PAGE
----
Matteo dares sing a different song
MANILA, Philippines — It’s so unlike Matteo Guidicelli to speak in superlatives. The man of few words just smiles when asked a burning question — especially about his love life.
“If I talk about things, people will say, ‘He has to use her for his presscon.’ I don’t want to use her (girlfriend Sarah Geronimo) for this presscon,” he said at a media gathering for his concert, Hey, Matteo at the Kia Theater, Cubao, on Nov. 30, 7:30 p.m.
But it’s a different story when he’s out of camera range.
“I’m the luckiest man in the world. I found the woman I could really trust,” he told members of media after the presscon.
Then, he suddenly remembers his sacred pact with Sarah about drawing the line between the personal and the professional. He gets an imaginary protective shield and puts it between him and the press again.
It’s the same shield Matteo and Sarah used when they turned down “more than 10 offers to work together (in a movie or concert).”
“We want to save our relationship. We know the true meaning of our relationship. This is real. It’s not showbiz. And we will protect that. When you work together, it can be messed up with real life. Things can get rocky,” explained Matteo.
He’d rather talk about his new adventure — what he calls a new sound that takes him to happy places. That sound consists of ‘90s pop rock Matteo grew up listening to.
It’s the soundtrack of his life, the kind that’s packed with back stories about “taking care of somebody, growing and becoming someone.” This is the kind he wants to share with everyone, not just in his concert, but his second album (Star Music) as well.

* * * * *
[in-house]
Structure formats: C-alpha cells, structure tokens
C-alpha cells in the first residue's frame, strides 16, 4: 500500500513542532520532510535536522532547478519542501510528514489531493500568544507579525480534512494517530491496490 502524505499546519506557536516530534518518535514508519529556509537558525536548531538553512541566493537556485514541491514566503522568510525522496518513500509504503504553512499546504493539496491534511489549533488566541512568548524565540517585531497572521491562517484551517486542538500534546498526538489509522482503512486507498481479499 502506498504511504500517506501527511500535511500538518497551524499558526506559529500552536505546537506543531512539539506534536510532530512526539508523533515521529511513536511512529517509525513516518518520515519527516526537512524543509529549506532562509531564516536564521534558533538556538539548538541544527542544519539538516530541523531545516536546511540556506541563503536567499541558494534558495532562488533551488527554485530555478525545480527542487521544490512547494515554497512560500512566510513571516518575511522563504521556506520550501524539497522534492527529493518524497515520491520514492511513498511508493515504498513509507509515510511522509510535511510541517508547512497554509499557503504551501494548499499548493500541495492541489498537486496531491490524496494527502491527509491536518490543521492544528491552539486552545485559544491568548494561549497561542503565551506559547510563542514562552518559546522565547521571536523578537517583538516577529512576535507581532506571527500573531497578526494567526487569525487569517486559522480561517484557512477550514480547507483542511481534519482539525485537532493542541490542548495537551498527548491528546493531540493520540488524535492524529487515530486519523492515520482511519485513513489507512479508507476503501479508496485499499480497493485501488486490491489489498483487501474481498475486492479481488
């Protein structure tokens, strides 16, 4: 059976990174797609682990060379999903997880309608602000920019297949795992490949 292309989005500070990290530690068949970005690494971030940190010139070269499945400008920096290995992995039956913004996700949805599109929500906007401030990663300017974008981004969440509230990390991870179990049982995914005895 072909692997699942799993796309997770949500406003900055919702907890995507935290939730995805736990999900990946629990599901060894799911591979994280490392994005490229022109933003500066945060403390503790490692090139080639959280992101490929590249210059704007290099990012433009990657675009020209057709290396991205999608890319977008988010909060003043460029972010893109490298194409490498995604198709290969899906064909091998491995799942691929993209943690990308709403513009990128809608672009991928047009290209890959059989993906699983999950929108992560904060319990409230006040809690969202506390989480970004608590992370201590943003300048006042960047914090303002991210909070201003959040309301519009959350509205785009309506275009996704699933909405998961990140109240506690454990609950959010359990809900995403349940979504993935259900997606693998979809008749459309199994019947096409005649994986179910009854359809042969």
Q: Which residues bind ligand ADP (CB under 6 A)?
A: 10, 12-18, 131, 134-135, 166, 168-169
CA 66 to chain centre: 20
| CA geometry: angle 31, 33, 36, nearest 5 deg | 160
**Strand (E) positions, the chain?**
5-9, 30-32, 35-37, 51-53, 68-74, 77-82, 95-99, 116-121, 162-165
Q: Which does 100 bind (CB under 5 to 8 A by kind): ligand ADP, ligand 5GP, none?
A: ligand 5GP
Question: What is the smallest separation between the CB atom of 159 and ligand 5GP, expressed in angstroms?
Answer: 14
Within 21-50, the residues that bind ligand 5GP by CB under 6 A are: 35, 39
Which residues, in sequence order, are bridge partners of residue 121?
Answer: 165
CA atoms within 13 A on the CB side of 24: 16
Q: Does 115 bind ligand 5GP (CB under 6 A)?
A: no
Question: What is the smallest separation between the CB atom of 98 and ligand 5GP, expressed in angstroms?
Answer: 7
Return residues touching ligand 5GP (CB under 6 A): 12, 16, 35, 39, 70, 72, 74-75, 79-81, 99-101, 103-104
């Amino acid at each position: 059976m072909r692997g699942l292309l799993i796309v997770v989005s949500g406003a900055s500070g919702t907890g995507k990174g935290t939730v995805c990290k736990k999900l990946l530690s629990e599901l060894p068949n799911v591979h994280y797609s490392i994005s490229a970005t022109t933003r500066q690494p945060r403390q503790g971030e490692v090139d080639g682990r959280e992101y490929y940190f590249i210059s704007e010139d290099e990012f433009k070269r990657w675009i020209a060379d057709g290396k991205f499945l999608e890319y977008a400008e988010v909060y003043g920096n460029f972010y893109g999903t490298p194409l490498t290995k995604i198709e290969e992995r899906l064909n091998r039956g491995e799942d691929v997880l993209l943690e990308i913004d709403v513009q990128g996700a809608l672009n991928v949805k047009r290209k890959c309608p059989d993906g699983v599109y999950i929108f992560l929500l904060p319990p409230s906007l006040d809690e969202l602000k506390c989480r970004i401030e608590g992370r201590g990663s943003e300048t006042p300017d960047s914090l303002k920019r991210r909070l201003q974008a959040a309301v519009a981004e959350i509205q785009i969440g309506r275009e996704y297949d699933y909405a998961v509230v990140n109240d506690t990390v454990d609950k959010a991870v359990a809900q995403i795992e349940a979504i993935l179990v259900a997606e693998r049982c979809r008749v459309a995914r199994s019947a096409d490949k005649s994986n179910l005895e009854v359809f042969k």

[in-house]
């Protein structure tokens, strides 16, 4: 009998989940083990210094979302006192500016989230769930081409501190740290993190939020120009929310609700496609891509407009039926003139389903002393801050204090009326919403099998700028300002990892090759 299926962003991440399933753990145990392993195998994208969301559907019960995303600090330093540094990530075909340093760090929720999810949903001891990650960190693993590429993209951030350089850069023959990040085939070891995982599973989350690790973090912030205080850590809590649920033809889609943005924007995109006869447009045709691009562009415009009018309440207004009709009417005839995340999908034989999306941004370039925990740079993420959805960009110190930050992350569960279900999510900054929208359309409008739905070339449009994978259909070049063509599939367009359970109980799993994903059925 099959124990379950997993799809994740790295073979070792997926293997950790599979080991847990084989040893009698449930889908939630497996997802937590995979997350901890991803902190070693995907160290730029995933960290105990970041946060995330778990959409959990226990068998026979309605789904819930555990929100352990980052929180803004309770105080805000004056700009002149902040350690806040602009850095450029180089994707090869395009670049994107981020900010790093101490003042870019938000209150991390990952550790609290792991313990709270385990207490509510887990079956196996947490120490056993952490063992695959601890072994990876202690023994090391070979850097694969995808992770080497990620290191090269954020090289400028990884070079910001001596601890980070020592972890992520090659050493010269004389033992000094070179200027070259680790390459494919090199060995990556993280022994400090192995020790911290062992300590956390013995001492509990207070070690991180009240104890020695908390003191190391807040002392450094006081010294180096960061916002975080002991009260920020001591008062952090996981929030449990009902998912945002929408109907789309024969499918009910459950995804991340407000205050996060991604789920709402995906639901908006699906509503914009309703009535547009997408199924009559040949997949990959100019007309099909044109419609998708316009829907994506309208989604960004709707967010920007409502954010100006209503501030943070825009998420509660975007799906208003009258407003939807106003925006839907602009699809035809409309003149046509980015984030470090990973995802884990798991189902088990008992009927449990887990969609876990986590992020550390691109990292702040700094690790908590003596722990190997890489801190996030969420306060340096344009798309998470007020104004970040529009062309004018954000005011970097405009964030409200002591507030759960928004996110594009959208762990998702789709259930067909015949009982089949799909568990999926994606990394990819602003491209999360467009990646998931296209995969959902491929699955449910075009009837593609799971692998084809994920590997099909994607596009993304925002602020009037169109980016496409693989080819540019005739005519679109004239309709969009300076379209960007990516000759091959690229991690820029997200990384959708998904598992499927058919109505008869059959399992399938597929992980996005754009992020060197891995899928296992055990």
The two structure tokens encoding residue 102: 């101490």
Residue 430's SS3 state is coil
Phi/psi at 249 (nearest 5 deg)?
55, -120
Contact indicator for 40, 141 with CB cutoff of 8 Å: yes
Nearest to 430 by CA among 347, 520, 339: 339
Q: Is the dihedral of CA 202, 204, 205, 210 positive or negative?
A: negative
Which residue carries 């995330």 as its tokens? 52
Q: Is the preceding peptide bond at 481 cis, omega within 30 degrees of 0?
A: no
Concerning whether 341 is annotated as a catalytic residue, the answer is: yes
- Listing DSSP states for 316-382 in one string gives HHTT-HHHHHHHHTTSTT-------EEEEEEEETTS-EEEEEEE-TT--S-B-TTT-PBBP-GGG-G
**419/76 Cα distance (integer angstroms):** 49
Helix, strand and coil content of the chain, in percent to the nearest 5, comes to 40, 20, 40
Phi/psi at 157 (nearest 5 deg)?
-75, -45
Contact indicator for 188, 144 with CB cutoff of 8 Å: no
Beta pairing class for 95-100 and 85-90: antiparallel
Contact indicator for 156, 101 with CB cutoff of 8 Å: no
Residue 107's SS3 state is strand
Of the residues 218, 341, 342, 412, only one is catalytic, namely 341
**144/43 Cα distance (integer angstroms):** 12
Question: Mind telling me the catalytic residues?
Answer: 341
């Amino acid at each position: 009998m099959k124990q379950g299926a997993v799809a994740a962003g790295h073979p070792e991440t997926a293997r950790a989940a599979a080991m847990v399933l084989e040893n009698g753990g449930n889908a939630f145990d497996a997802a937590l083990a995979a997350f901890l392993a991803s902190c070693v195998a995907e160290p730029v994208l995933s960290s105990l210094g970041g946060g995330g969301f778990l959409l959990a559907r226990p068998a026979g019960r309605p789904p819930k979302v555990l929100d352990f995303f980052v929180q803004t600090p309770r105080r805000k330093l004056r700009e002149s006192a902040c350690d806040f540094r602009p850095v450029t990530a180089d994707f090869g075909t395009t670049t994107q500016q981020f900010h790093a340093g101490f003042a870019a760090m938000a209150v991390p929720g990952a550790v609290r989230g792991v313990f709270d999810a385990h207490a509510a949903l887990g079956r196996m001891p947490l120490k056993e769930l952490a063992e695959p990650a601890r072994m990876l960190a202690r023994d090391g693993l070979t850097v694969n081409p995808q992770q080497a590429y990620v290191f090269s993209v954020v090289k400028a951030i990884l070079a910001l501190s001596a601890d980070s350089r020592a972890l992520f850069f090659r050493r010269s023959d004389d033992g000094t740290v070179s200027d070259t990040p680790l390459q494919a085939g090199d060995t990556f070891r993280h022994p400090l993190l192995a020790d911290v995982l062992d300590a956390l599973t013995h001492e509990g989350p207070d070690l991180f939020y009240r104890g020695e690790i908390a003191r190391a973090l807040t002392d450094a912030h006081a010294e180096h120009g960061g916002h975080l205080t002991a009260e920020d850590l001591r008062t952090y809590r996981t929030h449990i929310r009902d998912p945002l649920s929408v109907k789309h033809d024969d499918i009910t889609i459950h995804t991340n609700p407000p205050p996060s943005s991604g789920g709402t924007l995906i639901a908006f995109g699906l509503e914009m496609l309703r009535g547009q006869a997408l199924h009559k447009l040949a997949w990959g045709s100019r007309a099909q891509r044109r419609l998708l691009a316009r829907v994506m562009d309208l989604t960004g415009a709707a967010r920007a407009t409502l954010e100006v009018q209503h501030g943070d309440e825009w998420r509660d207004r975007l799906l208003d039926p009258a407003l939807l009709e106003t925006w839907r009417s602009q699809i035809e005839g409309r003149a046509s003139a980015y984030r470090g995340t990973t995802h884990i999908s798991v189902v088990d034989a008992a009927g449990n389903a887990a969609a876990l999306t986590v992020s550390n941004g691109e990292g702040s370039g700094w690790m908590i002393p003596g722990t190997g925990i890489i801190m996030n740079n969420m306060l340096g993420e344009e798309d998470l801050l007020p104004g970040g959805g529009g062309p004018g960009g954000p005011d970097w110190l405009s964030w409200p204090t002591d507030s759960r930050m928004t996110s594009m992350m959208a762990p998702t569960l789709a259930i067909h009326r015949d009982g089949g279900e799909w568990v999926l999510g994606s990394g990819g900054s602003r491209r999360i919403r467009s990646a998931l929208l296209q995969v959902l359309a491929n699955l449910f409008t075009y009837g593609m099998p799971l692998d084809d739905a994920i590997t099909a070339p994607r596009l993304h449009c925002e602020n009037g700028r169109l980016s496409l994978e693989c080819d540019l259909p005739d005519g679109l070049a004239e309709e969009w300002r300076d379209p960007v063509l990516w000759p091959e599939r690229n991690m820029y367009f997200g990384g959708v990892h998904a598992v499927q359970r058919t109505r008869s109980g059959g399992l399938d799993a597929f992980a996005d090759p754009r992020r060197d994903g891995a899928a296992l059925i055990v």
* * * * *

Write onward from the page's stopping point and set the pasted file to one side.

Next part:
Matteo sat down with songwriter-friends and in-between harmless drinking sessions in the studio, came up with such titles as Hey, Take a Chance, Tahanan, Change and others.
He also has a song for millennials courting their dream girl and getting a thumbs-down from her parents (yes, experience is a good teacher).
Matteo has become more self-confident about his music because he realized he can’t go with the flow forever.
“When you go into showbiz, you have to follow pegs. After 10 years, I want to do things for myself and other artists. It’s about being more of you.”
So he sings about not letting anyone stop you from doing what you love because you already know what to do in Change.
He has a message for millennials, but avoids the millennial, Chainsmokers kind of sound. He’d rather stick to the ’90s music he treasures — the kind that uses a lot of musical instruments.
“I want to bring back the feel of the ’90s band, the one with a lot of organic musical instruments,” he said.
Since he wants to focus on music, Matteo has decided that making movies and teleseryes can wait — for now.
He knows how futile multitasking is.
“You can’t do everything at once. Or else, they’ll call you an artista that sings or dances.”
Matteo is asserting his artistry — the one he can call his own and no one else’s.
It takes maturity and courage to do that, because it sometimes means going against the flow.
He can win. He can lose. But the fact that he’s willing to take a risk shows that Matteo’s growth as a person and as an artist is leapfrogging in more ways than one.